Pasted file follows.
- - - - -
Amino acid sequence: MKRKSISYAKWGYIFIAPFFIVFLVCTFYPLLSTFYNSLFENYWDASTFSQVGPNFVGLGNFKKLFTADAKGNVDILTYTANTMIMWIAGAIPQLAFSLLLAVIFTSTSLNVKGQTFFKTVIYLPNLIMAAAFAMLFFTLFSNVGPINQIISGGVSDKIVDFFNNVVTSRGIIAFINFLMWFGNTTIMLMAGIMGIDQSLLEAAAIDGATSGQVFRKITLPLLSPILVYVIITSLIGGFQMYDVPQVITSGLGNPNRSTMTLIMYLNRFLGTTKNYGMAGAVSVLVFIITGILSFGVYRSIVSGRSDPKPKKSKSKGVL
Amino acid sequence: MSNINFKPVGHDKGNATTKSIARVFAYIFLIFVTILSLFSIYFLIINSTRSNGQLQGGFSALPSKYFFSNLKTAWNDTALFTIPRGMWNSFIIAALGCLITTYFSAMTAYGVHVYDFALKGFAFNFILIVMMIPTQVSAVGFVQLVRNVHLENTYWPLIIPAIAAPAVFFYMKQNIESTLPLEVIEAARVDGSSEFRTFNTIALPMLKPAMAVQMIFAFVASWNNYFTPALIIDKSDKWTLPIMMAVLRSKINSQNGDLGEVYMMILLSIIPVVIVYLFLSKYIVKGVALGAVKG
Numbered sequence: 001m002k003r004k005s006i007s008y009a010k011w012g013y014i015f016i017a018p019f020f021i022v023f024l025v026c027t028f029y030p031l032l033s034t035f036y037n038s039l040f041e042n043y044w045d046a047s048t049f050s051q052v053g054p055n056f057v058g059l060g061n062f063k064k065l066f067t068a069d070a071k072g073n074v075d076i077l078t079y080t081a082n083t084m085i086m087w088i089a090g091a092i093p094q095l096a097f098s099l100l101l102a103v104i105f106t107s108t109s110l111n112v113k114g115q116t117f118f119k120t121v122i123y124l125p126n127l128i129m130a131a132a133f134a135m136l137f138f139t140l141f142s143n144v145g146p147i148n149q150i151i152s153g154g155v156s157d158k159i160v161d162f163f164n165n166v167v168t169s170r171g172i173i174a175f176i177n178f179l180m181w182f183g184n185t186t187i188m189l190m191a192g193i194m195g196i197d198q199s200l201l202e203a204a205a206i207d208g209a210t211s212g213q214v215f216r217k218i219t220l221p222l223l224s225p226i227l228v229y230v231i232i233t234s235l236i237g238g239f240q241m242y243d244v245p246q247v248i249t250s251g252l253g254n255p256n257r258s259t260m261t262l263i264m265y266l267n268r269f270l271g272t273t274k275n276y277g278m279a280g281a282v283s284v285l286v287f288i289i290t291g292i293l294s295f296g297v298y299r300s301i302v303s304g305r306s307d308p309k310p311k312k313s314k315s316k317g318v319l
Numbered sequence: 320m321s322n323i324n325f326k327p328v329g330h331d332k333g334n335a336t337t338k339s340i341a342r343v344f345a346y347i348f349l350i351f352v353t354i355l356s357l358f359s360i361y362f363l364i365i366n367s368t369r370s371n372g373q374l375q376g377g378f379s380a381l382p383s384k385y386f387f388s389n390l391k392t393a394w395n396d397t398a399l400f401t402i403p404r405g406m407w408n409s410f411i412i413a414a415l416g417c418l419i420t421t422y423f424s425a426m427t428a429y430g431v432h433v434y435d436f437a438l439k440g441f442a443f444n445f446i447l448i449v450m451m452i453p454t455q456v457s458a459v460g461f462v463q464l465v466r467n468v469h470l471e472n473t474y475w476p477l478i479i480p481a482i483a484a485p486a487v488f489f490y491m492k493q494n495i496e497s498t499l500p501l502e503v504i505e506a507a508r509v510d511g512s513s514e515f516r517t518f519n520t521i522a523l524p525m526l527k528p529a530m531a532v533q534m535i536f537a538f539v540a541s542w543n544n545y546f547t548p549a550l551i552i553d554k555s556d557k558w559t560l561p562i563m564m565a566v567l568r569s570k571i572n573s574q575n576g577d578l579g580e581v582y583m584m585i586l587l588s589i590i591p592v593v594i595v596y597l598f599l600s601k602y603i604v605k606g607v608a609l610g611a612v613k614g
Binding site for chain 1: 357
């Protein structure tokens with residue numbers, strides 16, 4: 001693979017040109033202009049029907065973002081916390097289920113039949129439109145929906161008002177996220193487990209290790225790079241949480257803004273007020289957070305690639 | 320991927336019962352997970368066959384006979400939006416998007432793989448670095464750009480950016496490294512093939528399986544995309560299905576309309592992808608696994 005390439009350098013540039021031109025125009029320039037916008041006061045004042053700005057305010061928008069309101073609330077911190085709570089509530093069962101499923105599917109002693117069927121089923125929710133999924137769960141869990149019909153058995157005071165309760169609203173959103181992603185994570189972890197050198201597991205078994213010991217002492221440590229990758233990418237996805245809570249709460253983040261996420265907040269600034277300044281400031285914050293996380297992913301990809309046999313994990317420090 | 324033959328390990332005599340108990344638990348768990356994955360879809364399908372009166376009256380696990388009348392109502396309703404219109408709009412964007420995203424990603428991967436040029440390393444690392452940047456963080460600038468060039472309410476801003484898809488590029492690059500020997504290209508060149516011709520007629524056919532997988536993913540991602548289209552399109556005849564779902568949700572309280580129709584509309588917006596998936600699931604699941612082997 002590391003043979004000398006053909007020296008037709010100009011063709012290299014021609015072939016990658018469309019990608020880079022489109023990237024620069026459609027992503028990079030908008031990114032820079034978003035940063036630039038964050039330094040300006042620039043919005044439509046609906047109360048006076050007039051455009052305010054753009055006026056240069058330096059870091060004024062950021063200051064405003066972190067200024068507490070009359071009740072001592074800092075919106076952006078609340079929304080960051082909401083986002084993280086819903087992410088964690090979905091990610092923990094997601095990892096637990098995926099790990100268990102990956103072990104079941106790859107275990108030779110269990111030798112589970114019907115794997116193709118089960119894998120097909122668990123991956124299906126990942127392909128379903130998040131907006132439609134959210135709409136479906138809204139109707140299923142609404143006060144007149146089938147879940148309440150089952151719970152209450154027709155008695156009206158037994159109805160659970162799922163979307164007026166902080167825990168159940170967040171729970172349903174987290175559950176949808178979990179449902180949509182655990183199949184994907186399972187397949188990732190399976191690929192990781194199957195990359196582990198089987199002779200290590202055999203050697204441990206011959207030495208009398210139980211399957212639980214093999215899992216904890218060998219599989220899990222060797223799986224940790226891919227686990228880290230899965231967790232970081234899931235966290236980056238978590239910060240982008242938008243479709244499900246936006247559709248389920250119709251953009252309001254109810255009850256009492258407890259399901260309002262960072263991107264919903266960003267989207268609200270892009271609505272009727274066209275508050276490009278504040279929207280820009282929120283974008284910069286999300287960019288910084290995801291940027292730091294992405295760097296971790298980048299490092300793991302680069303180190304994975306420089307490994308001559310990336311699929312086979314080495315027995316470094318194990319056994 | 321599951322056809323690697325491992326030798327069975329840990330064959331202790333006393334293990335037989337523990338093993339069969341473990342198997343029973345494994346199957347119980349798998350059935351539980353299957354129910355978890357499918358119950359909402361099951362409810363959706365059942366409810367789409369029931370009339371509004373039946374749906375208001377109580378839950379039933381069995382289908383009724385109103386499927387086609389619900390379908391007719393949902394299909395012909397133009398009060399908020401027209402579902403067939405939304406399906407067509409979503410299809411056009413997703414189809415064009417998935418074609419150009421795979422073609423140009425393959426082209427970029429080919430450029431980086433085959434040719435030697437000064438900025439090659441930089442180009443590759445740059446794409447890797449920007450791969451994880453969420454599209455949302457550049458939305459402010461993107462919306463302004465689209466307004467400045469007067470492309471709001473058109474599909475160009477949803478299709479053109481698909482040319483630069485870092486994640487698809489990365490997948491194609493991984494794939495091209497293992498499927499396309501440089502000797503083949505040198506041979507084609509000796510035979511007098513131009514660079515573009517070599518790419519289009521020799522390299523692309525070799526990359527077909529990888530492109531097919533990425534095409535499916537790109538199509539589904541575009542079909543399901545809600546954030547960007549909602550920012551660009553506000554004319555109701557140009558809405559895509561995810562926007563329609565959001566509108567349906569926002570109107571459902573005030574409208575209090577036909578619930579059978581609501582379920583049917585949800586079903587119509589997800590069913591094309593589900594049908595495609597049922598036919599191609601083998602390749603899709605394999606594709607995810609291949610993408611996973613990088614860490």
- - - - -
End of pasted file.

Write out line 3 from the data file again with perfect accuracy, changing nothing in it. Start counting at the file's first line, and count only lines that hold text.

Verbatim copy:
Numbered sequence: 001m002k003r004k005s006i007s008y009a010k011w012g013y014i015f016i017a018p019f020f021i022v023f024l025v026c027t028f029y030p031l032l033s034t035f036y037n038s039l040f041e042n043y044w045d046a047s048t049f050s051q052v053g054p055n056f057v058g059l060g061n062f063k064k065l066f067t068a069d070a071k072g073n074v075d076i077l078t079y080t081a082n083t084m085i086m087w088i089a090g091a092i093p094q095l096a097f098s099l100l101l102a103v104i105f106t107s108t109s110l111n112v113k114g115q116t117f118f119k120t121v122i123y124l125p126n127l128i129m130a131a132a133f134a135m136l137f138f139t140l141f142s143n144v145g146p147i148n149q150i151i152s153g154g155v156s157d158k159i160v161d162f163f164n165n166v167v168t169s170r171g172i173i174a175f176i177n178f179l180m181w182f183g184n185t186t187i188m189l190m191a192g193i194m195g196i197d198q199s200l201l202e203a204a205a206i207d208g209a210t211s212g213q214v215f216r217k218i219t220l221p222l223l224s225p226i227l228v229y230v231i232i233t234s235l236i237g238g239f240q241m242y243d244v245p246q247v248i249t250s251g252l253g254n255p256n257r258s259t260m261t262l263i264m265y266l267n268r269f270l271g272t273t274k275n276y277g278m279a280g281a282v283s284v285l286v287f288i289i290t291g292i293l294s295f296g297v298y299r300s301i302v303s304g305r306s307d308p309k310p311k312k313s314k315s316k317g318v319l